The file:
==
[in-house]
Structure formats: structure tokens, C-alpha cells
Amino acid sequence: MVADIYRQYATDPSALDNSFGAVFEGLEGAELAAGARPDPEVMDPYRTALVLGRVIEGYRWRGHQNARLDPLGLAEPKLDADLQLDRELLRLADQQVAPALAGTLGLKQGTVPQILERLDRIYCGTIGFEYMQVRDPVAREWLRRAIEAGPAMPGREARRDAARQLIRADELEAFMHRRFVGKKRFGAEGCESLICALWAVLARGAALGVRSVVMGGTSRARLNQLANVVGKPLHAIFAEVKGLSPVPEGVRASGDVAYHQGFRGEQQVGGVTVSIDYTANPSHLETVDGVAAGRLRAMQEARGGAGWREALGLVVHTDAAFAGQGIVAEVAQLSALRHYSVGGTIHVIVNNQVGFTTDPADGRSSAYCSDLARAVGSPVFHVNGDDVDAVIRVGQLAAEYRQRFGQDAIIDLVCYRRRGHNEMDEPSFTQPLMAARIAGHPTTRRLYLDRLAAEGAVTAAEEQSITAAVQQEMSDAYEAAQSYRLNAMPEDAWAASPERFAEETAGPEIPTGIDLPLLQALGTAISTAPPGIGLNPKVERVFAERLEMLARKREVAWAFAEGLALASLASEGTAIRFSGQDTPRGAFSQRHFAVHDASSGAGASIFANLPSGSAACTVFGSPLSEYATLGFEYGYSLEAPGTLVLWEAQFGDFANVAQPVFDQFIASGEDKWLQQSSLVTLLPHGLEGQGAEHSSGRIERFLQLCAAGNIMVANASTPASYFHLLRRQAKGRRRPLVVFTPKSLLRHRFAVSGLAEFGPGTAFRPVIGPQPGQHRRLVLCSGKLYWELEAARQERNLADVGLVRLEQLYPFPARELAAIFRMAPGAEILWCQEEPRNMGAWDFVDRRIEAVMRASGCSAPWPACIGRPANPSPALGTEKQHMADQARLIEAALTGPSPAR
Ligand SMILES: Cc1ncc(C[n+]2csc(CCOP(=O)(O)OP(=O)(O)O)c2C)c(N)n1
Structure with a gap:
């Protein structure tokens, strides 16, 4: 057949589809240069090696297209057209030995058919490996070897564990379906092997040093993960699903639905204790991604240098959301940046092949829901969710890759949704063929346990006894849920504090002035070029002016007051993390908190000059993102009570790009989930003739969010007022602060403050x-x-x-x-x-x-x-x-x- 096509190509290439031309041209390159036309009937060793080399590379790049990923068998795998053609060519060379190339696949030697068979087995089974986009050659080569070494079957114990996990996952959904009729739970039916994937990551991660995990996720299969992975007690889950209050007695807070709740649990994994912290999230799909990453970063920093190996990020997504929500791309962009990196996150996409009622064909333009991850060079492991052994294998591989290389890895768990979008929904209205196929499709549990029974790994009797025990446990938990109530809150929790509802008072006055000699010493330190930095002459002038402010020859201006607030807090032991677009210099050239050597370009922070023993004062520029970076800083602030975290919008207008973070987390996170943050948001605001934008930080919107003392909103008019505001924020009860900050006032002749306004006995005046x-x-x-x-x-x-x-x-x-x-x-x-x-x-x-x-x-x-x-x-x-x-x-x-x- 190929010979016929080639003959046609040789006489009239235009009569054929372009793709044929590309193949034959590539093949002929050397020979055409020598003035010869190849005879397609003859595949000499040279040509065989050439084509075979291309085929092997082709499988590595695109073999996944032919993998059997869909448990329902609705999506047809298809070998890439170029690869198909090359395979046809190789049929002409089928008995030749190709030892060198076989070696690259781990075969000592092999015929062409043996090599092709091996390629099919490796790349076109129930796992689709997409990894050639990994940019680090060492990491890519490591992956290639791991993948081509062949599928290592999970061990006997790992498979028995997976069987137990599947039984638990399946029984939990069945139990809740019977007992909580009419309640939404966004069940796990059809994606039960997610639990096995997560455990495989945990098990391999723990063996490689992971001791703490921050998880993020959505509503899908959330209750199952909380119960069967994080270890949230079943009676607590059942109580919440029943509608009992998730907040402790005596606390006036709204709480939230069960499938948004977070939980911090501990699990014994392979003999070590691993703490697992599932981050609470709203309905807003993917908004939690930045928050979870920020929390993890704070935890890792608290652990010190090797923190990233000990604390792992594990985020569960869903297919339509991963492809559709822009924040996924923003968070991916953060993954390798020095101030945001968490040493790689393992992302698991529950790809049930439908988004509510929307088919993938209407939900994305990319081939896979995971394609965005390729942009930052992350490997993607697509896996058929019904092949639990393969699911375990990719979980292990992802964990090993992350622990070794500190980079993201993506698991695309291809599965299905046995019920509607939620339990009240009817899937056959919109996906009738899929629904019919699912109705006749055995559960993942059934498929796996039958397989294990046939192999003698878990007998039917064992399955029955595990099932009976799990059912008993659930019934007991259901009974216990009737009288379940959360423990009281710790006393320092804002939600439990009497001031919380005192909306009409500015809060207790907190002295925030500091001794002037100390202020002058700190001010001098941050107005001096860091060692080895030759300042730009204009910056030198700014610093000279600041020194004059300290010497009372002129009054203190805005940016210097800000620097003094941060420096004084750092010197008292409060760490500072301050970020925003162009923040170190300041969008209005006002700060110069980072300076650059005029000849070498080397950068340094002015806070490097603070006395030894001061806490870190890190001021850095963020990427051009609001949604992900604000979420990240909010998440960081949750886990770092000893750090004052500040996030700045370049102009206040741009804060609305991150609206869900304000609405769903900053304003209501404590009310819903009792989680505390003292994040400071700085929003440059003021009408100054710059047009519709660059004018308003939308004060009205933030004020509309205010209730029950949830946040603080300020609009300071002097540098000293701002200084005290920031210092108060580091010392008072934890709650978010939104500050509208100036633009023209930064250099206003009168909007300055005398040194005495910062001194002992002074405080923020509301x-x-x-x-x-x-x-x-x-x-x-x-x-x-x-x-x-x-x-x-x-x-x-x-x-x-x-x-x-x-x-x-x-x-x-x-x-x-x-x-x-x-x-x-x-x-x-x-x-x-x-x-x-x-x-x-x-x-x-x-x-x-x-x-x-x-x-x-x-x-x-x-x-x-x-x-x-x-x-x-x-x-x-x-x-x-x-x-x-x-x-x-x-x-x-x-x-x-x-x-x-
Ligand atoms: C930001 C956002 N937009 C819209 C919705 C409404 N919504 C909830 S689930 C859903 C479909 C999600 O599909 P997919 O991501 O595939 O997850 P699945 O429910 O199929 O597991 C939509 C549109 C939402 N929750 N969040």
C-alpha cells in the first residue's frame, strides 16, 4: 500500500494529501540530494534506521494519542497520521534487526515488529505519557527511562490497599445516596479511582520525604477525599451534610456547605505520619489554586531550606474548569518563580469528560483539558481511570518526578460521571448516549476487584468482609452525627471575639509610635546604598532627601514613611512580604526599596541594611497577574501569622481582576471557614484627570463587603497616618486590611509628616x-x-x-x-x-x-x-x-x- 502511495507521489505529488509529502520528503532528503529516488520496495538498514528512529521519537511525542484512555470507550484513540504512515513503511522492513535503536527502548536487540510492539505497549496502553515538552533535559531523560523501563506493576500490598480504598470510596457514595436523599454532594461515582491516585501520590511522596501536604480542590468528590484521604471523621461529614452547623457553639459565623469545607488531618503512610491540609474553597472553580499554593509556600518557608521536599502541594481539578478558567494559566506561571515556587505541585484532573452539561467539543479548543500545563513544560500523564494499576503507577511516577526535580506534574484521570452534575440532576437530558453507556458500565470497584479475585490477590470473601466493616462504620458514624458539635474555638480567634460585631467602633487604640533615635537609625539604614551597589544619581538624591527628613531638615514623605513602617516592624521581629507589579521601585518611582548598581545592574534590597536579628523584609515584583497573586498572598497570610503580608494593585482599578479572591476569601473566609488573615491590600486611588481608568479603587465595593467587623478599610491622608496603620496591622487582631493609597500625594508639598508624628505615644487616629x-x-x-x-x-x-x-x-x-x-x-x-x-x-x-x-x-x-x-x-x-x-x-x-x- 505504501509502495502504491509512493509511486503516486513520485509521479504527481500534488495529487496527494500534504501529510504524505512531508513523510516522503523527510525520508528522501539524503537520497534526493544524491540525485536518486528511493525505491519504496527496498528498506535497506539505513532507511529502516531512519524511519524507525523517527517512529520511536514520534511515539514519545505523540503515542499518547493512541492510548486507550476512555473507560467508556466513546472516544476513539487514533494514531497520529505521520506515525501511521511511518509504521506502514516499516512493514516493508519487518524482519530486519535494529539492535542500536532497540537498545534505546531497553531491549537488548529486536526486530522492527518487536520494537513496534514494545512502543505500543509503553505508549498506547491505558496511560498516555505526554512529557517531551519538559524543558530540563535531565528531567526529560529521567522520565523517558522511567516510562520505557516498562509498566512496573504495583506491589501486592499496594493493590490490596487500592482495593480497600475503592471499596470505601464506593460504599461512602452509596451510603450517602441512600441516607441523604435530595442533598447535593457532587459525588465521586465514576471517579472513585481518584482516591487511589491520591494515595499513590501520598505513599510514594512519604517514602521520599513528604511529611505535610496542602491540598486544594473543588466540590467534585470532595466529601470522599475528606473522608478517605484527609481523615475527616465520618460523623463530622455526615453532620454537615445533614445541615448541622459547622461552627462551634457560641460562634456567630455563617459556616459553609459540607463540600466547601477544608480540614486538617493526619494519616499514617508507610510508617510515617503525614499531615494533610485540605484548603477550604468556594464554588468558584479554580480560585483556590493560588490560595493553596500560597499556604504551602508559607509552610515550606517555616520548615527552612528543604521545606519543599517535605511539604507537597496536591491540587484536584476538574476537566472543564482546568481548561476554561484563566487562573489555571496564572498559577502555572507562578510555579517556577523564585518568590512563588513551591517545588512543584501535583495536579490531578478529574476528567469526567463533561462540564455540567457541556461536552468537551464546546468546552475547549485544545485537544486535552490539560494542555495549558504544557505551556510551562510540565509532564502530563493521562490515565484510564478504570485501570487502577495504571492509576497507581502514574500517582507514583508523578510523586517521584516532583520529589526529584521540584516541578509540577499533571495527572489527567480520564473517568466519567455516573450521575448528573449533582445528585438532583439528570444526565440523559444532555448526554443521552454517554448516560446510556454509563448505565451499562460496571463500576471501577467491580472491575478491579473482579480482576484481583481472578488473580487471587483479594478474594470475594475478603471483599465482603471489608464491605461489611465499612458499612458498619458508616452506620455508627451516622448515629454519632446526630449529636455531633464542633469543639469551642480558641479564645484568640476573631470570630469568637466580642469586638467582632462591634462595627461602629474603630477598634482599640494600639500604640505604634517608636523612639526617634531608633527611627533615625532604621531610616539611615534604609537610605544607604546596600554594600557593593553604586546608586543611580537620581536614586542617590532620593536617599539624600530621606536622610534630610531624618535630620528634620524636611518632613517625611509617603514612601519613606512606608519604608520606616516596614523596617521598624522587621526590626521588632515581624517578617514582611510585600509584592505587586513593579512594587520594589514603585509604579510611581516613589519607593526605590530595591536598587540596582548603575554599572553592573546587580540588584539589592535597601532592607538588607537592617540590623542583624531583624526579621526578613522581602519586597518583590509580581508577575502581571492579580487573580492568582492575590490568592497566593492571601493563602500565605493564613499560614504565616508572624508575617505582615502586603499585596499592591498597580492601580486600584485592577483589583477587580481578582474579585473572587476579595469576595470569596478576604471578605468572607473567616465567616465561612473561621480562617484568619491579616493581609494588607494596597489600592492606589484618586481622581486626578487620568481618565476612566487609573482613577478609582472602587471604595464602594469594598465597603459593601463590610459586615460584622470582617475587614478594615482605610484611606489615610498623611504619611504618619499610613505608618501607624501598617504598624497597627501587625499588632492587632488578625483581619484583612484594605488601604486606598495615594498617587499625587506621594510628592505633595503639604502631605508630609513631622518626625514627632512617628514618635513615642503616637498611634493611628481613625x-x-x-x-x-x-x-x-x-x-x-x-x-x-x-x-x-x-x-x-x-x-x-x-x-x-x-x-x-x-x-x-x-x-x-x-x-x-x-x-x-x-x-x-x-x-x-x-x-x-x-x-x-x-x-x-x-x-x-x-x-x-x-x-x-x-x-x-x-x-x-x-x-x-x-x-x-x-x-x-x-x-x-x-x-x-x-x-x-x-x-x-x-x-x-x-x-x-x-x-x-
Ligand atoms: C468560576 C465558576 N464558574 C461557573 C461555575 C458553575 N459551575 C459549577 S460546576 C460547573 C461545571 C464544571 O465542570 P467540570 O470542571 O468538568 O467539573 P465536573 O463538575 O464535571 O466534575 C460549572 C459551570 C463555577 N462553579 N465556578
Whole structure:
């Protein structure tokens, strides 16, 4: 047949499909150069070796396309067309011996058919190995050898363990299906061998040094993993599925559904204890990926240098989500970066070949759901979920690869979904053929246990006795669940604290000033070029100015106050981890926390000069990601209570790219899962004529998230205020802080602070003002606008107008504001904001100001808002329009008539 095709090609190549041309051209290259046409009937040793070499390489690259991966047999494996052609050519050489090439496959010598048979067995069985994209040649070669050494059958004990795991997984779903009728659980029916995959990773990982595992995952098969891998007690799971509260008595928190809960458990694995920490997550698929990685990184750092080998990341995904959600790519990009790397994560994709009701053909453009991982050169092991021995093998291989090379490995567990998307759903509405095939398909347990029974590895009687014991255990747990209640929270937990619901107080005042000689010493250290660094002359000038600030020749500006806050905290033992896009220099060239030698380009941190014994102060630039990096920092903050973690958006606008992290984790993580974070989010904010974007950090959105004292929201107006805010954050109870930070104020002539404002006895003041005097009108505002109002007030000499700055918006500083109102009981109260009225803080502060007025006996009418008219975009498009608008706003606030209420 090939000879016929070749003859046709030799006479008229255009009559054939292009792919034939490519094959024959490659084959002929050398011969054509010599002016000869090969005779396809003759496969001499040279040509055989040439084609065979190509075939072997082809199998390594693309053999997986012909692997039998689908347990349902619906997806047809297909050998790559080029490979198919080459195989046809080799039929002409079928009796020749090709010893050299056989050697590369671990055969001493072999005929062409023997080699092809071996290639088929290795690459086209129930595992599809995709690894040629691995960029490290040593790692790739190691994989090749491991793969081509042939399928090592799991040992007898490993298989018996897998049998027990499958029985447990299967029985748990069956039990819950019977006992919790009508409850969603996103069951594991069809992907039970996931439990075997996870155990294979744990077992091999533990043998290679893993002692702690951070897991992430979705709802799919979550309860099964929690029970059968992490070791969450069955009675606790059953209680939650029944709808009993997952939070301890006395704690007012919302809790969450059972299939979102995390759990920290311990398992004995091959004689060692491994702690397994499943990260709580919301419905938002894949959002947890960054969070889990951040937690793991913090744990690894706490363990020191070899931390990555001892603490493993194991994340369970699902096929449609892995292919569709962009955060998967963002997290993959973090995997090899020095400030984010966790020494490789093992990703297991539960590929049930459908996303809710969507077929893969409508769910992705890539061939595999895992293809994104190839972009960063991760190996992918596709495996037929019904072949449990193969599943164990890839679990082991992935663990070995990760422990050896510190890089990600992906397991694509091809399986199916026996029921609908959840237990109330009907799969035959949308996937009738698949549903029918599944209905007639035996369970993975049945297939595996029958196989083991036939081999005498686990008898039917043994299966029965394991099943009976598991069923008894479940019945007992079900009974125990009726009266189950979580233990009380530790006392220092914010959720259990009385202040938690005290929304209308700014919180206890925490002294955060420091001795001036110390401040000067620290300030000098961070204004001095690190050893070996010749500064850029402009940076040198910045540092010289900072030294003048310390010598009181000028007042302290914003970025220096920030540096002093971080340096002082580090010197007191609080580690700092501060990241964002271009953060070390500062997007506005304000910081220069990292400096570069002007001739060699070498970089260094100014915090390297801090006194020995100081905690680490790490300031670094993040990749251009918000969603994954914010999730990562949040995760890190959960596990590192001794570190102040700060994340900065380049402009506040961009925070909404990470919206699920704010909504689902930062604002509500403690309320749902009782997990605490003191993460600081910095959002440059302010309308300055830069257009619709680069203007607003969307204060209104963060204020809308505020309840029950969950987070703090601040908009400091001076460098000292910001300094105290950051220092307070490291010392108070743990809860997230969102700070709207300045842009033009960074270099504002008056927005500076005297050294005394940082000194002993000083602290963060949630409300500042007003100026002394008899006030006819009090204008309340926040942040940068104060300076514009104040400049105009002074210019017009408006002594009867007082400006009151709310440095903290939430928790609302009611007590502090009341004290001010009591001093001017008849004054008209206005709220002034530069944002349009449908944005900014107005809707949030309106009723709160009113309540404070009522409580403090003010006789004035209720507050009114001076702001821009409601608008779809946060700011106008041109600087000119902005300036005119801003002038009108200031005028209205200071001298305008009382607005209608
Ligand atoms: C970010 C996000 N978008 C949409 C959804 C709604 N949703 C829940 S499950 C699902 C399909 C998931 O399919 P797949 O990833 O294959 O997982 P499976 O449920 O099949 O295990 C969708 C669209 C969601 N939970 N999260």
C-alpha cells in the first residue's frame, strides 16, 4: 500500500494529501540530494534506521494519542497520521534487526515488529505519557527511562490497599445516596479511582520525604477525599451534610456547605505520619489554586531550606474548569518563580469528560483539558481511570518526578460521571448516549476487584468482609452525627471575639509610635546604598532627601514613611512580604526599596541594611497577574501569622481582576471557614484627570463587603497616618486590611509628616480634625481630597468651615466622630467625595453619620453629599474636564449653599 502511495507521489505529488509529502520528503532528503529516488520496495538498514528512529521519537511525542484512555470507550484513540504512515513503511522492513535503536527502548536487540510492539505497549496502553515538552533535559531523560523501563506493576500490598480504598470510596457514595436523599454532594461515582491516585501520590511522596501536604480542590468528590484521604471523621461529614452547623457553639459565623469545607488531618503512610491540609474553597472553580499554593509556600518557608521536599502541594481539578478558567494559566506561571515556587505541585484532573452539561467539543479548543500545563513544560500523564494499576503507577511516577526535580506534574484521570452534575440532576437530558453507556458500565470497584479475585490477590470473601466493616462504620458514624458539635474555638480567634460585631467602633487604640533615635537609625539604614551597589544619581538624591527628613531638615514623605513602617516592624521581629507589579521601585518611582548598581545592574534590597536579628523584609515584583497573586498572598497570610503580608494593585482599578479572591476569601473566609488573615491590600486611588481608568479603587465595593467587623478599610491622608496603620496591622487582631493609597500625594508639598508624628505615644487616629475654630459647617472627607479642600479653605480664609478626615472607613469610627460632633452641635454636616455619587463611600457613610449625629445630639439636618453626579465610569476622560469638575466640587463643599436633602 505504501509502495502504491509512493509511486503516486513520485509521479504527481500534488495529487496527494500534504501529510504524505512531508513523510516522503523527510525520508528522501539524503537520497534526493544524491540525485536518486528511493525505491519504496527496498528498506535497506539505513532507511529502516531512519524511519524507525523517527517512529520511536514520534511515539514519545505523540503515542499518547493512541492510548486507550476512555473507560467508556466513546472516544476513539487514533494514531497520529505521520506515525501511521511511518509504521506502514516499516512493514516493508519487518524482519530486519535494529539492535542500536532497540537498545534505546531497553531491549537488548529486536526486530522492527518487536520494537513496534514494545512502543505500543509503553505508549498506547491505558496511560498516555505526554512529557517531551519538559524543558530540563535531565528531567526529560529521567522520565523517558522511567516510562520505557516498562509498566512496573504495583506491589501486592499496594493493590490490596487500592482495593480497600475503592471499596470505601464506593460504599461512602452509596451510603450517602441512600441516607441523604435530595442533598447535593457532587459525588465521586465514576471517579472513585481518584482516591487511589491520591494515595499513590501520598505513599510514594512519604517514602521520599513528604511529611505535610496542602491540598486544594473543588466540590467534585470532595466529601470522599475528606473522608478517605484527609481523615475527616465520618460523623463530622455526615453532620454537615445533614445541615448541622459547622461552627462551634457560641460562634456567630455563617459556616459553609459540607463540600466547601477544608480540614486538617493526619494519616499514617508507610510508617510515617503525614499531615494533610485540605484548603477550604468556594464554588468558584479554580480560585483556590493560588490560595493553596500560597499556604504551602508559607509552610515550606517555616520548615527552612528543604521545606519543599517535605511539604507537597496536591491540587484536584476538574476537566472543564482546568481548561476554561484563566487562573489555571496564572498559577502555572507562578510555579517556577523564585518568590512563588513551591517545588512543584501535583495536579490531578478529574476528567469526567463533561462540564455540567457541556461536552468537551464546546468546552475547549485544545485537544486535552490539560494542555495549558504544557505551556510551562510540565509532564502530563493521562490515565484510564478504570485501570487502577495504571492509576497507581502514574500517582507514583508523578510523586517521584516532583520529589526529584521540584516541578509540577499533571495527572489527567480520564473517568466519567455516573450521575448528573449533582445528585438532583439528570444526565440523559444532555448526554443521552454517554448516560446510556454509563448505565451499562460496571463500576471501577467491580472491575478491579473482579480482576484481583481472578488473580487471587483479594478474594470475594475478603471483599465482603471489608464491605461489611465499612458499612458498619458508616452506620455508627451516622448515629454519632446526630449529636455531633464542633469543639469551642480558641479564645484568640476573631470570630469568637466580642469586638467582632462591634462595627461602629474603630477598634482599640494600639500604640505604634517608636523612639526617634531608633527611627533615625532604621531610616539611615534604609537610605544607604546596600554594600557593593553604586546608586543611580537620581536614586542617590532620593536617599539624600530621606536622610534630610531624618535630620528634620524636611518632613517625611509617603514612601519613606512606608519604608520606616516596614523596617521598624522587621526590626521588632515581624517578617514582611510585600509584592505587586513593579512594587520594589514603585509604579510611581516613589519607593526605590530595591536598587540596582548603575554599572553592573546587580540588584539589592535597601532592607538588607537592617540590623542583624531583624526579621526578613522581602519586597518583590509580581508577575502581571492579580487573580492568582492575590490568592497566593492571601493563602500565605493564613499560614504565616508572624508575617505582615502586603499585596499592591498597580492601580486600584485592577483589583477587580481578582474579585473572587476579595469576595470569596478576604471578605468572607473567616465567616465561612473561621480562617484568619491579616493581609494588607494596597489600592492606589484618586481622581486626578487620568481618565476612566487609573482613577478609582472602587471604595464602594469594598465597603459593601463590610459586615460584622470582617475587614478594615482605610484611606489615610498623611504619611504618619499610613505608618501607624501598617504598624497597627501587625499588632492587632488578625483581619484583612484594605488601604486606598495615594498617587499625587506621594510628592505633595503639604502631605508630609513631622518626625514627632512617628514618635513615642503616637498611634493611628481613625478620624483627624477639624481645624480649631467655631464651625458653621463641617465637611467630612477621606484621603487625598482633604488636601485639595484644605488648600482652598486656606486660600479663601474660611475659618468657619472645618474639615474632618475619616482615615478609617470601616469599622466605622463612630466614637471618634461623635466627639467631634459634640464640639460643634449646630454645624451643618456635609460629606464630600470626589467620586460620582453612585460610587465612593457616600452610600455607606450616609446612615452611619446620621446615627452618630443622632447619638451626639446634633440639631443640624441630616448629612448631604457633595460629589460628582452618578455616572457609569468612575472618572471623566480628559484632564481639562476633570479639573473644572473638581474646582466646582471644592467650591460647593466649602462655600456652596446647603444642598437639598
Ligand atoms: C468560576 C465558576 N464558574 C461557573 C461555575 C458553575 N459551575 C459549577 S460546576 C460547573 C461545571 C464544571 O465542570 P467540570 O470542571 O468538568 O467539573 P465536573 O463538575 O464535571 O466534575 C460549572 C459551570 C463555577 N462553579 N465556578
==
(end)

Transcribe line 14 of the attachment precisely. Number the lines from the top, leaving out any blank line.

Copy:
Ligand atoms: C468560576 C465558576 N464558574 C461557573 C461555575 C458553575 N459551575 C459549577 S460546576 C460547573 C461545571 C464544571 O465542570 P467540570 O470542571 O468538568 O467539573 P465536573 O463538575 O464535571 O466534575 C460549572 C459551570 C463555577 N462553579 N465556578